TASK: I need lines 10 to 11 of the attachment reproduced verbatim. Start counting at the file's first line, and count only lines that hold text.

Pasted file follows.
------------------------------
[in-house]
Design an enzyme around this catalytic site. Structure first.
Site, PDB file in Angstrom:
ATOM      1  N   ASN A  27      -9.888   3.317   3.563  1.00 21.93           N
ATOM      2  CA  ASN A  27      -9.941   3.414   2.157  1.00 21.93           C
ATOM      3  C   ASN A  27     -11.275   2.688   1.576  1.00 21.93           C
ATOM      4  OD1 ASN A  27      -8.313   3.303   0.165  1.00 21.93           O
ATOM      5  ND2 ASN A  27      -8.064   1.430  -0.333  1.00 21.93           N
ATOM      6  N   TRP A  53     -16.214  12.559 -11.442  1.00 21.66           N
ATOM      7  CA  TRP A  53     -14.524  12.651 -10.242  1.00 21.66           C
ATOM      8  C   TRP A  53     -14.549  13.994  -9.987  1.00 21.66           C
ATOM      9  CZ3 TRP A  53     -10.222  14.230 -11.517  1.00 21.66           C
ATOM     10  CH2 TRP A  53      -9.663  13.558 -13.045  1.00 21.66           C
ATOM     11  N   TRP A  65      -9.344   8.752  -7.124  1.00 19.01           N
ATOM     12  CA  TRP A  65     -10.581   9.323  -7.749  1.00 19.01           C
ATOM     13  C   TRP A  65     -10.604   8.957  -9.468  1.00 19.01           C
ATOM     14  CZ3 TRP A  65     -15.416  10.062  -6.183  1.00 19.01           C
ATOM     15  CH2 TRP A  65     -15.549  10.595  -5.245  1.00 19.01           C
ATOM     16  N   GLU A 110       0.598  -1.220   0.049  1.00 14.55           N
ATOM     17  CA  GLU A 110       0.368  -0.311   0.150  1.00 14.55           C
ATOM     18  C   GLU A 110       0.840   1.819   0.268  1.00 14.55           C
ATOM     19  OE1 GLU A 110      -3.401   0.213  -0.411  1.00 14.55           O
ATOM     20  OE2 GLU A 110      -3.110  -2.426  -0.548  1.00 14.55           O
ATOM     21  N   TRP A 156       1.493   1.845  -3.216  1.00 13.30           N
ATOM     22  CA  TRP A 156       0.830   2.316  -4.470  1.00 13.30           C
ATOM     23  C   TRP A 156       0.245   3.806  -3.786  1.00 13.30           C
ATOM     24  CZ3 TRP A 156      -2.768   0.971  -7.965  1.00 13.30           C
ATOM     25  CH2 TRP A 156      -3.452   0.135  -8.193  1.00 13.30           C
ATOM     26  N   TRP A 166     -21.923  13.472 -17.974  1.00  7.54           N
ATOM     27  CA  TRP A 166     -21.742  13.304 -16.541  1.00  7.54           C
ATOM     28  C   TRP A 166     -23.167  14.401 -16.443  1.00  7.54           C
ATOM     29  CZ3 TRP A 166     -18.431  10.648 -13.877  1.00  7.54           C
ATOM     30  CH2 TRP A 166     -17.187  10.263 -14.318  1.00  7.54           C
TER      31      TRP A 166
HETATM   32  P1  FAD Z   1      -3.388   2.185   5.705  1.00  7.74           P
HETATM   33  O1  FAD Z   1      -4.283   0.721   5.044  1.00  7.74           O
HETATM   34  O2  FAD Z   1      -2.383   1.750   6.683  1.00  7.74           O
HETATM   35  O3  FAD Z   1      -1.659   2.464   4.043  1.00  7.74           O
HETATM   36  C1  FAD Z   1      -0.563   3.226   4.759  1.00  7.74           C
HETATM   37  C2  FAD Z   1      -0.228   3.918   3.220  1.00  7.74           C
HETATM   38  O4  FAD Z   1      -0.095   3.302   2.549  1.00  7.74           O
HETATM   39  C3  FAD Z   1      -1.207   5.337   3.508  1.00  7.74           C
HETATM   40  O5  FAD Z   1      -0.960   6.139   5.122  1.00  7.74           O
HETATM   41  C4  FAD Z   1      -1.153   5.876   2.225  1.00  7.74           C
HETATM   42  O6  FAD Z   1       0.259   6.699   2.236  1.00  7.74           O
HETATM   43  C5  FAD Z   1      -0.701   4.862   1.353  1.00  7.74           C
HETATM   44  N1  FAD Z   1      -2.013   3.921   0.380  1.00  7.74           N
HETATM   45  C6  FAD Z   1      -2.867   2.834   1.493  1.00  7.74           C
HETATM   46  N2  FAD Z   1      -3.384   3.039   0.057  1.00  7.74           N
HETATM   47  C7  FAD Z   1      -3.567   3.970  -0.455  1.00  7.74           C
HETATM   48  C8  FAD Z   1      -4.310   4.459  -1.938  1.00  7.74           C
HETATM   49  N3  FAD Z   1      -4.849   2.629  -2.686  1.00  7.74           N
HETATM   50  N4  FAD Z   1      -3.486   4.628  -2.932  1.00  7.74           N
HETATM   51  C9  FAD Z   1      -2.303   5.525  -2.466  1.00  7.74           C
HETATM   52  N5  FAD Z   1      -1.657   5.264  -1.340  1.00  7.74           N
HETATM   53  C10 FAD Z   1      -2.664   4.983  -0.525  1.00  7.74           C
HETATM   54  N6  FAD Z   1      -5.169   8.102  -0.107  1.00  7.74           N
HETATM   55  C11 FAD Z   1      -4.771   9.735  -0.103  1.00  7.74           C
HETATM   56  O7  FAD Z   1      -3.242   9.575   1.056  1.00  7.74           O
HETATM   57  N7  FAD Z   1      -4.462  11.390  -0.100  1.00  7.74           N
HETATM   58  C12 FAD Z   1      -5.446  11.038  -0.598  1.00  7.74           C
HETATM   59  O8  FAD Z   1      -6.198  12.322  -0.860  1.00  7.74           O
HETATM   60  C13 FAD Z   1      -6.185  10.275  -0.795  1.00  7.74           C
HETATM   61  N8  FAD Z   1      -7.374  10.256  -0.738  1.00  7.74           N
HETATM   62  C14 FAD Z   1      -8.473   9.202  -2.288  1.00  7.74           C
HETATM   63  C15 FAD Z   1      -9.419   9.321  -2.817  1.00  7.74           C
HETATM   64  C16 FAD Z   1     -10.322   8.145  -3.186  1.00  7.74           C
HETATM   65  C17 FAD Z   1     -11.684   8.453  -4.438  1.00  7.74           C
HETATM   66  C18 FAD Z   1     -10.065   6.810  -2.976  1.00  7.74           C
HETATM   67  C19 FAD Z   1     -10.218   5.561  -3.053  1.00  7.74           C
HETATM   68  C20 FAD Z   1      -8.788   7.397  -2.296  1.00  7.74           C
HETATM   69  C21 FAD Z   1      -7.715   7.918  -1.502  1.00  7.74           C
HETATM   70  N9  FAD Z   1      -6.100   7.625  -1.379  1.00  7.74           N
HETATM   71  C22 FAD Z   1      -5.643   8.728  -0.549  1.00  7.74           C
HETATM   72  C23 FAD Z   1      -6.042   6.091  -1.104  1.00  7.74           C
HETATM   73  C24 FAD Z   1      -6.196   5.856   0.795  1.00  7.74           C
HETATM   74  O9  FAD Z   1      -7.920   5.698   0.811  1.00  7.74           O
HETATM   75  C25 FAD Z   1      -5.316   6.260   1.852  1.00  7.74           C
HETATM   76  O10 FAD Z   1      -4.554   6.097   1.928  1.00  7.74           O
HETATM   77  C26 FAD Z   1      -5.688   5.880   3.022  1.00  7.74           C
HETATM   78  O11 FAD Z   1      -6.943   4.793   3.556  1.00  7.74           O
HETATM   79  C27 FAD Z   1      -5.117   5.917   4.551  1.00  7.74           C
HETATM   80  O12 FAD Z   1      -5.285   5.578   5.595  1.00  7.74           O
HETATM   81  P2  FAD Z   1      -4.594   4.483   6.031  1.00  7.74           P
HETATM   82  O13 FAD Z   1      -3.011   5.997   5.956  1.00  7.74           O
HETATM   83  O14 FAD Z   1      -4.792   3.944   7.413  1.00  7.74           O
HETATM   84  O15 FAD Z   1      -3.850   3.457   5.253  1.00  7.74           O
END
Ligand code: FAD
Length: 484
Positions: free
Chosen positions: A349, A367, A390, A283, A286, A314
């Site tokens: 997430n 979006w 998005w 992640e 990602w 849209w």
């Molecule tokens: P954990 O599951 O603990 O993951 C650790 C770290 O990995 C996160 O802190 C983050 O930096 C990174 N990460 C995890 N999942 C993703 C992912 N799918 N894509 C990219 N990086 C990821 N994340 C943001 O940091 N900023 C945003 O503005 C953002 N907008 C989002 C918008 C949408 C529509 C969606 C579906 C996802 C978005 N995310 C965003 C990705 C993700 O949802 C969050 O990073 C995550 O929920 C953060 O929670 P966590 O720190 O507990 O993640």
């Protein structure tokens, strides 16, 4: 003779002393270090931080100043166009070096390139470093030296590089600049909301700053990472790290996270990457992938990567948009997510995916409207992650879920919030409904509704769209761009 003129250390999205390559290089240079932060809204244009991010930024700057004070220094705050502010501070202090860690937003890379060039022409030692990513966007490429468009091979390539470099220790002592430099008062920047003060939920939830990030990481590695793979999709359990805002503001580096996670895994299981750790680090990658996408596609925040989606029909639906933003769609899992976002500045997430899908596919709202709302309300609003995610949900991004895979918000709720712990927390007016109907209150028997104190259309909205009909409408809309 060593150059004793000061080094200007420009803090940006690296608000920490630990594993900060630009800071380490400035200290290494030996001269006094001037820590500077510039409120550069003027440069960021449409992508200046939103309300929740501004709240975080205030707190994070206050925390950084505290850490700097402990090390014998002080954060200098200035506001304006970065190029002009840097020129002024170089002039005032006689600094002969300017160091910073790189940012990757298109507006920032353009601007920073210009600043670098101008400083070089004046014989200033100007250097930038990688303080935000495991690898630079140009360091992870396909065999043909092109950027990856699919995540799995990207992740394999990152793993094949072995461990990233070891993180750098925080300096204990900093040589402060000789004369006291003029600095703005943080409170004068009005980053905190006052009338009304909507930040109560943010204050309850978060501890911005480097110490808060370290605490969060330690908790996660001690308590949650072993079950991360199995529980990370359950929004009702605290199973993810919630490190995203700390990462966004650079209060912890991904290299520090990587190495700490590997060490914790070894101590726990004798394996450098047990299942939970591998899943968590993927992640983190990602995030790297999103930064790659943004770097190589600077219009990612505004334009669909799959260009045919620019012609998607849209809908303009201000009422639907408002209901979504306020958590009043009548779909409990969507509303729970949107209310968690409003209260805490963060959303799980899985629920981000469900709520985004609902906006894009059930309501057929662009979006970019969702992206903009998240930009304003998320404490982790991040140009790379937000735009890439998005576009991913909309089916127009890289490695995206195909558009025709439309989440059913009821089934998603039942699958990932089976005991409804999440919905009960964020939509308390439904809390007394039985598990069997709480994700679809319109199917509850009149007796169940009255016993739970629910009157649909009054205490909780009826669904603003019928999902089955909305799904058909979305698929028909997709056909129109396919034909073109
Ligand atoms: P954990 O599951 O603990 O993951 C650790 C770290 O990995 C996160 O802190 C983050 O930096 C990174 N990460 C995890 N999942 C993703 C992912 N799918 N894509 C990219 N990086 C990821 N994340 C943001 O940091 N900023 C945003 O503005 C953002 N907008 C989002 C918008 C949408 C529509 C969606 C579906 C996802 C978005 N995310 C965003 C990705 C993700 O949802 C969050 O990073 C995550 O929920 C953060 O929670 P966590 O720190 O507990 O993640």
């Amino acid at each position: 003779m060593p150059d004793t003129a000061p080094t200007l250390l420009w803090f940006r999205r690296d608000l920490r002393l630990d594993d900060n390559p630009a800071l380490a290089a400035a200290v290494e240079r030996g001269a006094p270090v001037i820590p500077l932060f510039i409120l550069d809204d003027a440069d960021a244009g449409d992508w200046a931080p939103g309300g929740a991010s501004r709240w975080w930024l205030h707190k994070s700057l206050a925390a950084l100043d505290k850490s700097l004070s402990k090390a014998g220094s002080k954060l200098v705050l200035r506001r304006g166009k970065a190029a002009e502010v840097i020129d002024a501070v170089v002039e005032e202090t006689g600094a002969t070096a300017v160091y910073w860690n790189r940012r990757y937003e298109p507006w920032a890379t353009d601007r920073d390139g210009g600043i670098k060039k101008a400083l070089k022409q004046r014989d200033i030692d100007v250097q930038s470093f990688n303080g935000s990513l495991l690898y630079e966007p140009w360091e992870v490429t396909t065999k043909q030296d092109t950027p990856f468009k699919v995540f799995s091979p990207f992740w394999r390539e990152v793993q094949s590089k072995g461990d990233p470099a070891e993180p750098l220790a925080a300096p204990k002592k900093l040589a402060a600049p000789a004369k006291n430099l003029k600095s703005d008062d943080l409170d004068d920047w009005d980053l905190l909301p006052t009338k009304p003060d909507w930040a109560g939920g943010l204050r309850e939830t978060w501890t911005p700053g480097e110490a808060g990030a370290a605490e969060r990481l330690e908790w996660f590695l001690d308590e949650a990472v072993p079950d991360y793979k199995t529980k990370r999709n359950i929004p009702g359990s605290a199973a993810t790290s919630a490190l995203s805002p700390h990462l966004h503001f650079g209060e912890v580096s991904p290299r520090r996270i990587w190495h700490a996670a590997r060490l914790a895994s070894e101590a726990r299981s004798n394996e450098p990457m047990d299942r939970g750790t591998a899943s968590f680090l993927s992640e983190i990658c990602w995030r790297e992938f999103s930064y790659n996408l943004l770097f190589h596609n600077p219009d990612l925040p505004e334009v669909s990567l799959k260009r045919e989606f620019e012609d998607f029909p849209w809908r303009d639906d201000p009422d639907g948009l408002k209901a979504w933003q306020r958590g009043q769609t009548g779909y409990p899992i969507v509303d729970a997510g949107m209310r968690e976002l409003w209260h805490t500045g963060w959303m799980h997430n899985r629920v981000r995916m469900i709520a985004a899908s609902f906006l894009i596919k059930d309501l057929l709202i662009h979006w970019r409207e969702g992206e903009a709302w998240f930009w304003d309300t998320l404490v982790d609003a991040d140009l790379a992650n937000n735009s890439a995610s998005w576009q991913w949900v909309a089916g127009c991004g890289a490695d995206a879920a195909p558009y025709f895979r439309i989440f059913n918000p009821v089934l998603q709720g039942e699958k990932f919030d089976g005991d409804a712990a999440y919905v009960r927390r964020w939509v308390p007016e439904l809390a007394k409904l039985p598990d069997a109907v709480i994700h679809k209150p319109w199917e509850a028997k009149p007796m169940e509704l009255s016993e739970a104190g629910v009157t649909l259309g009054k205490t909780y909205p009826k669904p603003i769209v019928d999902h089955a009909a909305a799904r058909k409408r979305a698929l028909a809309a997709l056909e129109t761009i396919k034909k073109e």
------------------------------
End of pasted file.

ATOM      7  CA  TRP A  53     -14.524  12.651 -10.242  1.00 21.66           C
ATOM      8  C   TRP A  53     -14.549  13.994  -9.987  1.00 21.66           C